Advantages of phase change storage over battery storage include:
*long service life with no disposal requirement,
* consistent efficient performance, universal availability,
*low weight and capital cost in a well developed technology,
*less hazardous in terms of toxicity and high temperature fire safety.


   Additional features enhancing fuel and sink refrigerant synthesis include:
* refrigerant pre-cooling of fuel and refrigerant liquefiers,
* motor vehicle induced aspiration to assist Cryo-GT compressor drive,
* refrigerant sub-cooling of photo-voltaic panels [9] to drive liquefiers and auxiliaries,
* structure induced aspiration to assist wind turbine-generator drive, and
*cryo-capture of residual carbon dioxide.

Prime Movers and Infra-structure

   This post describes the stationary and motor vehicle Cryo-GT prime movers and the infra-structure for supplying liquefied fuel and sink refrigerant. The reference vehicle and distributed generation fuels are liquefied methane and syngas, a mixture of carbon monoxide and hydrogen, synthesized from universally available organic materials. The reference refrigerant is liquefied air, which is readily condensed using recovered energy from renewable sources including wind, gasifier pressure and solar. Typical household electric, fuel and liquid air consumption are 35 kWh/d, 1.6 kg/d (3.5 lb/d) liquid methane and 13.6 kg/d (30 lb/d) liquid air, respectively. Cryo-GT performance is exemplified by 45 % compact vehicle (exclusive of recovered draft and deceleration), and 70% station thermal efficiency. The Cryo-GT ranges in capacity from about 10 kWe for small vehicles to 1 MWe for a distributed electric station. Gasifier performance, exemplified by 70 % fuel conversion efficiency, requires estimated 10 kg/d (22 lb/d) of sun dried wood to supply household requirements above. Methanation reaction downstream of the gasifier reduces carbon dioxide emissions from wood or coal combustion to nearly zero.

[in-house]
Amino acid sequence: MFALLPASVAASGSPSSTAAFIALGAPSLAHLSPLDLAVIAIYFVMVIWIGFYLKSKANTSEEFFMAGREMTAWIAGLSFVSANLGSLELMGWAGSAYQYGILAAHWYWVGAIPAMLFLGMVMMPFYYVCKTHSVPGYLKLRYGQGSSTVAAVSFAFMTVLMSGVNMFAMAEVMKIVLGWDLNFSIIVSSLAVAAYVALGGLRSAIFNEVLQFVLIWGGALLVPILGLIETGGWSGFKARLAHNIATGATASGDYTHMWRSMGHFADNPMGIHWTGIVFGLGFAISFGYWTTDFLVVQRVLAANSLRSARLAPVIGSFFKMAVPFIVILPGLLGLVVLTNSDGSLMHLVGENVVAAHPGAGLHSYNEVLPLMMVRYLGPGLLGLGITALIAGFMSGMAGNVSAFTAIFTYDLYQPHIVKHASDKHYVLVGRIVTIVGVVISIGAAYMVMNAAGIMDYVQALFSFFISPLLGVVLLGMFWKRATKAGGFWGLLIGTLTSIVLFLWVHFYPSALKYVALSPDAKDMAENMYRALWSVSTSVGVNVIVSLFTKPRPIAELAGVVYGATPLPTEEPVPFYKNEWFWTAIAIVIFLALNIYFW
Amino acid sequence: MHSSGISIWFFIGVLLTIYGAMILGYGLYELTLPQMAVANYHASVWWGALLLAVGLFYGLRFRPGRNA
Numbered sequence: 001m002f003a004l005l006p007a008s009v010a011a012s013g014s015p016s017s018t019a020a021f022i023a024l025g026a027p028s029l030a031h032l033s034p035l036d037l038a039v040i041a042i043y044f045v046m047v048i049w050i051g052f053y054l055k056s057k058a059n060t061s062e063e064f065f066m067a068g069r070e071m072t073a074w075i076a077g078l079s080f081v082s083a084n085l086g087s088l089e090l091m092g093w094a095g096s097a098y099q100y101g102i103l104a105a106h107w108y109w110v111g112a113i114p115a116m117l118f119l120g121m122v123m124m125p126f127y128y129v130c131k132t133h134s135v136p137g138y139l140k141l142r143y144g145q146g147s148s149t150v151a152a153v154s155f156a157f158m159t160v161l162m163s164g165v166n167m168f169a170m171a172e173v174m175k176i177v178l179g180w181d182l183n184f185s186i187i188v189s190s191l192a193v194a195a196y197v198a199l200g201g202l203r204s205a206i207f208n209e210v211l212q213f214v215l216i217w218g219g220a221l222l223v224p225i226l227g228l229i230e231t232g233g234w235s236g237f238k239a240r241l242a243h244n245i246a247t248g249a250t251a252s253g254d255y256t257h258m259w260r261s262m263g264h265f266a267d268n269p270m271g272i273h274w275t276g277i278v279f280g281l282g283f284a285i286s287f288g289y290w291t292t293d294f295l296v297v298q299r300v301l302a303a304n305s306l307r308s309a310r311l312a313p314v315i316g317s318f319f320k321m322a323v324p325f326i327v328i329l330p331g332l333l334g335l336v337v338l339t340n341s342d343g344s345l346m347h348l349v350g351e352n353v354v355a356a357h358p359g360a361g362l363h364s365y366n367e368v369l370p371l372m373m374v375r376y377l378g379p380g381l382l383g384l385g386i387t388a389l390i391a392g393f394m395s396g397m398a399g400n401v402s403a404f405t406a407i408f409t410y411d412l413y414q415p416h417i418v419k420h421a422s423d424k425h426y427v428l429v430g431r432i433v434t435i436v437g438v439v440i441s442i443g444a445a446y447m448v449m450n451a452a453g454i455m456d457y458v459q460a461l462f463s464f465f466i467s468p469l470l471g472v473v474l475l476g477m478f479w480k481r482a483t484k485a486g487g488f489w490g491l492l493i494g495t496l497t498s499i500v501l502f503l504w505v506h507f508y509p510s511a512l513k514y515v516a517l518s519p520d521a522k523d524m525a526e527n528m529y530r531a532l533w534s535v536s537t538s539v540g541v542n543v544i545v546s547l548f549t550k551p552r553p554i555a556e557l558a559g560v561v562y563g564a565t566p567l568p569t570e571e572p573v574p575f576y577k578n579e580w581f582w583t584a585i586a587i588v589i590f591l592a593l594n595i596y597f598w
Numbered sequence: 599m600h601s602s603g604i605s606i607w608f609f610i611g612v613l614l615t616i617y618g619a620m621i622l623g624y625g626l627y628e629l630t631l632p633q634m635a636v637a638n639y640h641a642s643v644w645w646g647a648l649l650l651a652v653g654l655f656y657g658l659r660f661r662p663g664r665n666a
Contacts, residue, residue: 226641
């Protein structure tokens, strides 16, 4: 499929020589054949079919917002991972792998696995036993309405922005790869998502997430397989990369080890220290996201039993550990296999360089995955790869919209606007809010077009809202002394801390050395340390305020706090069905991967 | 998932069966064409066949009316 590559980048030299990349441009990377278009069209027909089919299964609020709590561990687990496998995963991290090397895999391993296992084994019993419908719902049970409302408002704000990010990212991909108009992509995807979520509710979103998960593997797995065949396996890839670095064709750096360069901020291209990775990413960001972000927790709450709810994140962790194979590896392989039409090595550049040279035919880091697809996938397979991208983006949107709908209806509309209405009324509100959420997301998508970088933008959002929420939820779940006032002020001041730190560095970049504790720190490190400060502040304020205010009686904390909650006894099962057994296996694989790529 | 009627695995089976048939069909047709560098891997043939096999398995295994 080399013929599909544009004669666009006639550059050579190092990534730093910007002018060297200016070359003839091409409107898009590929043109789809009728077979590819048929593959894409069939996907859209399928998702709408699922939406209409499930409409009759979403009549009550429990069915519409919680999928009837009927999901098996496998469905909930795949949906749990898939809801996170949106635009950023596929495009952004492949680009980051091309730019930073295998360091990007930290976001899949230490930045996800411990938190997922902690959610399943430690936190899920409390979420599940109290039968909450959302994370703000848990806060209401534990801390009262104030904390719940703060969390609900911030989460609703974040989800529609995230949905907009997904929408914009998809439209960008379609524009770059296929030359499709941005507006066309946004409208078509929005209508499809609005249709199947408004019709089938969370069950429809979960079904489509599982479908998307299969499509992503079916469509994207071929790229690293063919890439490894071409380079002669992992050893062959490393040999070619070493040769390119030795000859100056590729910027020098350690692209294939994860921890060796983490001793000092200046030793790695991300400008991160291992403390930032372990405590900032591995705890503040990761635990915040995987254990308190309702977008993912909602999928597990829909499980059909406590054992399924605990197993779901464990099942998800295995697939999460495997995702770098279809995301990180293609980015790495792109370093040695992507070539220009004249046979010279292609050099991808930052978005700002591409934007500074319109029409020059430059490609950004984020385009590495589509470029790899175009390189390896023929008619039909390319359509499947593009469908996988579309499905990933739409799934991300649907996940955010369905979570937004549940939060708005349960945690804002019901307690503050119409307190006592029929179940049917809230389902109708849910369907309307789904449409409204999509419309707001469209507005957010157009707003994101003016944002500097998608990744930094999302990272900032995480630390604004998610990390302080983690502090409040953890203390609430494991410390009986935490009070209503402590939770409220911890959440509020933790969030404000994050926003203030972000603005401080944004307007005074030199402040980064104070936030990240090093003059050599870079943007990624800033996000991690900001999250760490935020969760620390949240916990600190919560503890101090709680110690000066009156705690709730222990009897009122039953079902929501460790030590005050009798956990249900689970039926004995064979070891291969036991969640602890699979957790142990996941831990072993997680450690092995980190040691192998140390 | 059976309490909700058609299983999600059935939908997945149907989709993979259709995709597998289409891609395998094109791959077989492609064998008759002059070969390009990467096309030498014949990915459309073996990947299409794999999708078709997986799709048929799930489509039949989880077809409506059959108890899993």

Stationary Air Liquefier

    Power to the air liquefier is available from recovered gasifier or external renewable sources and temperature of the liquid air is -193 oC (-315 oF). Required power is about one-third as with a vapor compression machine without sub-cooling and associated Cryo-compression.

Air Blown Gasifier